But most discussions of the role of government never even reach the point of looking for empirical evidence. Today, for example, there is much gnashing of teeth in the media because Democrats and Republicans can’t seem to get together to create a bipartisan plan for government intervention to solve our current economic problems.
Those who cry out that the government should “do something” never even ask for data on what has actually happened when the government did something, compared to what actually happened when the government did nothing. That could be a very enlightening trip through the archives.
Sports statistics are kept in a much more rational way than statistics about political issues. Have you ever seen statistics on what percentage of the home runs over the years have been hit by batters hitting in the .320s versus batters hitting in the .280s or the .340s? Not very likely.
Such statistics would make no sense, because different batters are in these brackets from one year to the next. You wouldn’t be comparing people, you would be comparing abstractions and mistaking those abstractions for people.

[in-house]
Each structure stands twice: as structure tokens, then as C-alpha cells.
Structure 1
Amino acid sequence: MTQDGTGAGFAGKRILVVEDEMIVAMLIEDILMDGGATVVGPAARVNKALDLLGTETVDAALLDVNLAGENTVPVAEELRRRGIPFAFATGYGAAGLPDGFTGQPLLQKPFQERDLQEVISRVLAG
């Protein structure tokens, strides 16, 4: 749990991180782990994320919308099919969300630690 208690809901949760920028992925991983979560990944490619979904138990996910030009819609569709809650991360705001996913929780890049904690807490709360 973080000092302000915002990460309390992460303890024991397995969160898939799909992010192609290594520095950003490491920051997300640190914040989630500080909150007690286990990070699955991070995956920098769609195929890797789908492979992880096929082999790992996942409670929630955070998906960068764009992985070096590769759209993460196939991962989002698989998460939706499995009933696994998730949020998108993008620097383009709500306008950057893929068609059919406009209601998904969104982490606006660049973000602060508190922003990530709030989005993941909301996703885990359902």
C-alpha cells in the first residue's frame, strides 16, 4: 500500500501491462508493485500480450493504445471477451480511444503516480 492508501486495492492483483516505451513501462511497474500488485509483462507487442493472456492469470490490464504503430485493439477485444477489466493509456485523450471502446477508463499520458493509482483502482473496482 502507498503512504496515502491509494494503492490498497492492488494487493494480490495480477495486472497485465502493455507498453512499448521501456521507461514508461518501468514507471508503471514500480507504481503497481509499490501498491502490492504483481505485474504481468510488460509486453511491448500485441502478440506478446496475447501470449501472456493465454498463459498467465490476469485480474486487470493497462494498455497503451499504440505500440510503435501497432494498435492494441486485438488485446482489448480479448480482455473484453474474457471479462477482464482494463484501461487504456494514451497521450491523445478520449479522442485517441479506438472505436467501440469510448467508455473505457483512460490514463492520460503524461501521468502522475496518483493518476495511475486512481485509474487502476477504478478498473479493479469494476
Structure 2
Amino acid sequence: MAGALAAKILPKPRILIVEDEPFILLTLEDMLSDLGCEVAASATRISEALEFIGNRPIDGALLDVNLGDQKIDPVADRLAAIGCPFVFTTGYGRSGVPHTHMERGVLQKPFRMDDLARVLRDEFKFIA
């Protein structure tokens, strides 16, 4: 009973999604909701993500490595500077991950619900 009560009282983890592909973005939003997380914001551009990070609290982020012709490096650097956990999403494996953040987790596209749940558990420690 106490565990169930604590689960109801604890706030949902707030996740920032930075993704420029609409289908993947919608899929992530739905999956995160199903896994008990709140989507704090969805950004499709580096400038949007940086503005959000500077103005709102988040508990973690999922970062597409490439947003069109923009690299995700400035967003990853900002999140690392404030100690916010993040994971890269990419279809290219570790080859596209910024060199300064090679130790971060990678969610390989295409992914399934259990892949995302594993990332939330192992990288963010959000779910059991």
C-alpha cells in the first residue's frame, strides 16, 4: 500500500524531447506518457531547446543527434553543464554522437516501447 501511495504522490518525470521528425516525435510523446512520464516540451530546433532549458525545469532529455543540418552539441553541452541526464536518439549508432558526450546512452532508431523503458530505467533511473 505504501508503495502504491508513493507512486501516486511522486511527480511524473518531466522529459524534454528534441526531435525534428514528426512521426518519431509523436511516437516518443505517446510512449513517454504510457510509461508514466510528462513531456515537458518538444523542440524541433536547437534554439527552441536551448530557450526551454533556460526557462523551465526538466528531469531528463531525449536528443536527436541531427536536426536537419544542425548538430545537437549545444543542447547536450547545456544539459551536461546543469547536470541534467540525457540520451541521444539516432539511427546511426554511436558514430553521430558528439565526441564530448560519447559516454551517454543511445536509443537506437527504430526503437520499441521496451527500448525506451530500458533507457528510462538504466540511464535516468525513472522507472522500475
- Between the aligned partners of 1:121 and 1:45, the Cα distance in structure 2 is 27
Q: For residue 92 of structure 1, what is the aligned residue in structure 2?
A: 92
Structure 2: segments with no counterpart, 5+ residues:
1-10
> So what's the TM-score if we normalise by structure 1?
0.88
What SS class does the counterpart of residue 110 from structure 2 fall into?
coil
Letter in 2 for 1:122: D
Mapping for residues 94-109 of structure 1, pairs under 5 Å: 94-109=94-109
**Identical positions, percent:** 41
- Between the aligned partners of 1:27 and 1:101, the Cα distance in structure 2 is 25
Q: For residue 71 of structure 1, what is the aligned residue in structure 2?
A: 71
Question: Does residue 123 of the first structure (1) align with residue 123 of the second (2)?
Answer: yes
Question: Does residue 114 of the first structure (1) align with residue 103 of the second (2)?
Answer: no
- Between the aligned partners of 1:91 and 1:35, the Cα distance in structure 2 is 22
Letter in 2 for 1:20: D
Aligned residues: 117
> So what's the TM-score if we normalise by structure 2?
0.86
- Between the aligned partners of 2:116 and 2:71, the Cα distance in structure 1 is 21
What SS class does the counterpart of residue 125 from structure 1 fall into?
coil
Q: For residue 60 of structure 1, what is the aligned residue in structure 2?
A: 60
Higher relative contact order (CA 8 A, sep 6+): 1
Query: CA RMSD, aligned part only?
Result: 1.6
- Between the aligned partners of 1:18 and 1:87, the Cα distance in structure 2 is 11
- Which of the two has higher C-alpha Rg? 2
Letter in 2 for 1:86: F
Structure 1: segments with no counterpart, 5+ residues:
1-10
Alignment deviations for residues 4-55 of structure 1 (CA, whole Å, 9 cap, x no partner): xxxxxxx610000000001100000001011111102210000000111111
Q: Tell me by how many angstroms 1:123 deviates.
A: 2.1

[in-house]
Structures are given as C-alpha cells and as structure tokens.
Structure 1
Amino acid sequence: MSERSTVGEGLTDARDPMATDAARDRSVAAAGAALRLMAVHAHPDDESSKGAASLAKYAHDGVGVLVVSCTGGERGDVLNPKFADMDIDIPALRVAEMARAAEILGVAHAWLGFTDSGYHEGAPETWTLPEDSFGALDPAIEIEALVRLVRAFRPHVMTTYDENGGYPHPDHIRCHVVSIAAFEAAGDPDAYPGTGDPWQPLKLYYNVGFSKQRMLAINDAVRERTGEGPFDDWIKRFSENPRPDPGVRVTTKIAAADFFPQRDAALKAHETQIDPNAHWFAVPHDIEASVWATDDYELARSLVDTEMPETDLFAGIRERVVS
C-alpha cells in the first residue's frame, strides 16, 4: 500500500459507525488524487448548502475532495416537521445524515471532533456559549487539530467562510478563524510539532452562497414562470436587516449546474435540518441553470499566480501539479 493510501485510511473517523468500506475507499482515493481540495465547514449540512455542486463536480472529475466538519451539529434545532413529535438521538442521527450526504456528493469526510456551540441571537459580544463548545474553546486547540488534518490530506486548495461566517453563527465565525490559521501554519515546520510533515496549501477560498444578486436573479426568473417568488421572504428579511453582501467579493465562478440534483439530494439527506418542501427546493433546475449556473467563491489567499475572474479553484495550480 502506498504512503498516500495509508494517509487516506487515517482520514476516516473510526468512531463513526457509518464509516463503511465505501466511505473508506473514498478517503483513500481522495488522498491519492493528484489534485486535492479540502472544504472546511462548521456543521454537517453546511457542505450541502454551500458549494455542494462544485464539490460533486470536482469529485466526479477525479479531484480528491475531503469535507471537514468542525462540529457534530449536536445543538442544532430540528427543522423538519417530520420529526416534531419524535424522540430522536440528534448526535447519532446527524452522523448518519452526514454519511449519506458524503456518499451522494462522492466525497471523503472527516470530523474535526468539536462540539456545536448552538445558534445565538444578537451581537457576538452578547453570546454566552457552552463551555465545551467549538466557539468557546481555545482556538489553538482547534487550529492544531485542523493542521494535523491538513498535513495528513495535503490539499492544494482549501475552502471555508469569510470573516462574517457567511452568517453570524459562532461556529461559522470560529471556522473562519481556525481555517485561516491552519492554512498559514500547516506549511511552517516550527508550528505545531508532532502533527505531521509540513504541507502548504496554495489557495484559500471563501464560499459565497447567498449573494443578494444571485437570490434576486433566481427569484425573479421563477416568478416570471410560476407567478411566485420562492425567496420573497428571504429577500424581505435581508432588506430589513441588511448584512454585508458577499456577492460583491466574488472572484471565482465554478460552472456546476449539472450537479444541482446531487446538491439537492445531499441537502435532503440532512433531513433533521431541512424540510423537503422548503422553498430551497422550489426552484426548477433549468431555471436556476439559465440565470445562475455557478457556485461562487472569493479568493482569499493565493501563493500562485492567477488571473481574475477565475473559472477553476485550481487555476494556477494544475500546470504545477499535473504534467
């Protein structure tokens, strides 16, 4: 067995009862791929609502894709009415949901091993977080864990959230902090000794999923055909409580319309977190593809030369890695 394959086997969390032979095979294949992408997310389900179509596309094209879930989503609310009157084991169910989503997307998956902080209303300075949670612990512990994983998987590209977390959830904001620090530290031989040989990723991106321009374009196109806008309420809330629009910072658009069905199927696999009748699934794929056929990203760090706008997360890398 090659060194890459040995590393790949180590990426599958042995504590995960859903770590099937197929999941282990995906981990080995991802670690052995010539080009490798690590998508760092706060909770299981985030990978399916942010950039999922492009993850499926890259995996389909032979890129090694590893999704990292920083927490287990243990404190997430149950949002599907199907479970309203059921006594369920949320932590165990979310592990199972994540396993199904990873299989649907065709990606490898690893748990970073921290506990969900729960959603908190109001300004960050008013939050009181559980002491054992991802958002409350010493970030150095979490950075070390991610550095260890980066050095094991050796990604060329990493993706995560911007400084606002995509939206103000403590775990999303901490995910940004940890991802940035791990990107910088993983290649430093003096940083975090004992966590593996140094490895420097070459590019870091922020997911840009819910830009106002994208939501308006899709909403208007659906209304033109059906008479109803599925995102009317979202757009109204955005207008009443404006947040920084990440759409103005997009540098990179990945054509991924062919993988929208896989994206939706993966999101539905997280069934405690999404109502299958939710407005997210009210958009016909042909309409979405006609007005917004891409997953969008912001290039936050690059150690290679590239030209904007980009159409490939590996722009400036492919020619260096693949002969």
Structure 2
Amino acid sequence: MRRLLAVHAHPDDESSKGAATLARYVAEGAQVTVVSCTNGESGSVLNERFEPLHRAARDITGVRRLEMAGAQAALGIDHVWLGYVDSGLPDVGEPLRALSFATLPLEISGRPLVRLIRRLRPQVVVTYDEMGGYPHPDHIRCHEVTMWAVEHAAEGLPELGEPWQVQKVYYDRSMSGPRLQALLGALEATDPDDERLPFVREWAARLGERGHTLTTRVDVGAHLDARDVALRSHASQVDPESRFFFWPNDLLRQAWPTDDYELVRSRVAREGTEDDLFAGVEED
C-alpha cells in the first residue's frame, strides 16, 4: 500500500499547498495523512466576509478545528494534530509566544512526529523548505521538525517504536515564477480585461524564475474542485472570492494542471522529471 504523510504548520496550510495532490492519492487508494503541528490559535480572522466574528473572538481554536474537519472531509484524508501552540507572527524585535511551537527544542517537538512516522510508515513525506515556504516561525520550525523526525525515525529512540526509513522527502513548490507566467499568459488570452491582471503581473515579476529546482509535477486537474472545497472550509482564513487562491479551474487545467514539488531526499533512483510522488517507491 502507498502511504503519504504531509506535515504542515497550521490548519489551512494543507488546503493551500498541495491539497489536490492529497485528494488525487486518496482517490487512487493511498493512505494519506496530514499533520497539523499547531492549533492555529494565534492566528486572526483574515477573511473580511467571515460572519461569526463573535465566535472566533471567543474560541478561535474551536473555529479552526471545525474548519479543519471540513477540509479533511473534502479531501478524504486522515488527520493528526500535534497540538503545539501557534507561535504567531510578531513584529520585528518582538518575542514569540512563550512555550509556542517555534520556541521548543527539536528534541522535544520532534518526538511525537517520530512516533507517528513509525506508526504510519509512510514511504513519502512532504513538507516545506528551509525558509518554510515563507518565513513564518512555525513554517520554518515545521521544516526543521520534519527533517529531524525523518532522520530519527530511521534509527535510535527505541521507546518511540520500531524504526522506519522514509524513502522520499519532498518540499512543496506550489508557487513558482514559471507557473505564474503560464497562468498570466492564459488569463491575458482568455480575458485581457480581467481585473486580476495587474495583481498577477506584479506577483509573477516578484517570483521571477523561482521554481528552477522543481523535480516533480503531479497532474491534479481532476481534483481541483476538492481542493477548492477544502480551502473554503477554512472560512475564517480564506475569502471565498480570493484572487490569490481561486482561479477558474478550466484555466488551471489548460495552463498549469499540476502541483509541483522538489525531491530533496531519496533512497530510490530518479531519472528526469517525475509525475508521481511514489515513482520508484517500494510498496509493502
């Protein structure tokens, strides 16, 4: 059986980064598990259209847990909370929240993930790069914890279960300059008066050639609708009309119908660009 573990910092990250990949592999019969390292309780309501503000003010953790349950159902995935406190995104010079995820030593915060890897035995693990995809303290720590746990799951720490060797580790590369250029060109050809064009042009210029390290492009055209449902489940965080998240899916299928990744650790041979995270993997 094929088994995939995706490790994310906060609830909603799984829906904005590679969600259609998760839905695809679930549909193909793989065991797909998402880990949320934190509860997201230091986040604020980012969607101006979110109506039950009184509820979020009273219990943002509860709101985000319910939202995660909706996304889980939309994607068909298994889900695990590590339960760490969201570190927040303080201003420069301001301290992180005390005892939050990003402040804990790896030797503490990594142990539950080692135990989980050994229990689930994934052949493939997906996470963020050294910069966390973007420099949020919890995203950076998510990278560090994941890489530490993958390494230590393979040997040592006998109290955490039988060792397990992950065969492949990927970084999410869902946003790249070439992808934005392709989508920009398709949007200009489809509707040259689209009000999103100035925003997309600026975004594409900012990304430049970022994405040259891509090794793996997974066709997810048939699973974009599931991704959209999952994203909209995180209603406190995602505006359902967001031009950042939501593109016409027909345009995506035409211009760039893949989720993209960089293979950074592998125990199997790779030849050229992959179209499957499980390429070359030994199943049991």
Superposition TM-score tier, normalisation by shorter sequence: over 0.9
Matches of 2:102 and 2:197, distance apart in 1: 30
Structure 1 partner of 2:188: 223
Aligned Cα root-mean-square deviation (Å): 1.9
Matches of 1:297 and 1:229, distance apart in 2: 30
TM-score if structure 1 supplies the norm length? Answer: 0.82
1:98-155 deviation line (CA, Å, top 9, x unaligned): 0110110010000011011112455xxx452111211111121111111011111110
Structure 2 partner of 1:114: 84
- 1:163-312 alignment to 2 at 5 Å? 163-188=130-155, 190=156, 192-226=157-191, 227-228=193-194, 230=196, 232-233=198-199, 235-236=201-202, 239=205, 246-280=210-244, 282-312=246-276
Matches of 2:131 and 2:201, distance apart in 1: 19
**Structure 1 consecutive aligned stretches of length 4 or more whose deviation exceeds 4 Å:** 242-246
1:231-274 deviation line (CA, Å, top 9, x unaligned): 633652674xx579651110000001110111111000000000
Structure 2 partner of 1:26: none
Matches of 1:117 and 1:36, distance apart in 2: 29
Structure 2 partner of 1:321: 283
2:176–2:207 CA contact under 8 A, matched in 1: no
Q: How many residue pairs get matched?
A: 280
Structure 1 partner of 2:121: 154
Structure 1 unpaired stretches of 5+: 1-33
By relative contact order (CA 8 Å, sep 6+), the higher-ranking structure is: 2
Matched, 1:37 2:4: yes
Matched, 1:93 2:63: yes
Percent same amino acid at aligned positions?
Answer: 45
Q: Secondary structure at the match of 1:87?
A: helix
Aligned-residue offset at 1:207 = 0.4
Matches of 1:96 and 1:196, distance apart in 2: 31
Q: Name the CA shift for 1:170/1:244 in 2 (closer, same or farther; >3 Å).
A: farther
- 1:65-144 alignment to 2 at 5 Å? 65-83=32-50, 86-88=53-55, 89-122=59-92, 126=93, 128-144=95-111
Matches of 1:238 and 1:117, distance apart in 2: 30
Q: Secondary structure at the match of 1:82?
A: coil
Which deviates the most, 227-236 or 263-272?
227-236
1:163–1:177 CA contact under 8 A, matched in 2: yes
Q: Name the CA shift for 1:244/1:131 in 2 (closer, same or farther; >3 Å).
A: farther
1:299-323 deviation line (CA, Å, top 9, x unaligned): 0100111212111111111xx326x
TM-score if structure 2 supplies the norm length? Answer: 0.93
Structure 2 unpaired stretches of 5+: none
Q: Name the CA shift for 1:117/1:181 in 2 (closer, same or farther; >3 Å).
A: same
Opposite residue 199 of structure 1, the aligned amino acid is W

But, in politics and in commentaries on political issues, people talk incessantly about how “the top one percent” of income earners are getting more money or how the “bottom 20 percent” are falling behind. Yet the turnover in income brackets over a (more…)
For GOP, storm’s timing makes it harder to be anti-government
Into the carefully scripted Republican convention has come a complication: a natural disaster that not only distracts attention from Mitt Romney but sets up a collision with a fundamental tenet of today’s GOP.
To a great extent, the Republican Party has defined itself as the anti-government party. The message that Washington is a problem and rarely, if ever, the solution was hugely successful in 2010 in response to President Obama’s expansive healthcare overhaul; the backlash helped Republicans win the House in a landslide and reduceDemocrats to a tenuous majority in the Senate.
Are they kidding or just playing dumb?
To reject ObamaCare or any of the thousands of meddling, expensive Big Government programs that stifle economic growth means to be against all government?
Human-rights activists are demanding the release of Nagla Wafa, an Egyptian wedding planner and designer sentenced to 500 lashes and five years in prison in Saudi Arabia following a business dispute with a princess.
Wafa ran afoul of a royal in the Saudi kingdom over the finances of a joint business venture, according to her family. She was reportedly accused of cashing a check from the princess but not following through on their deal to start a restaurant.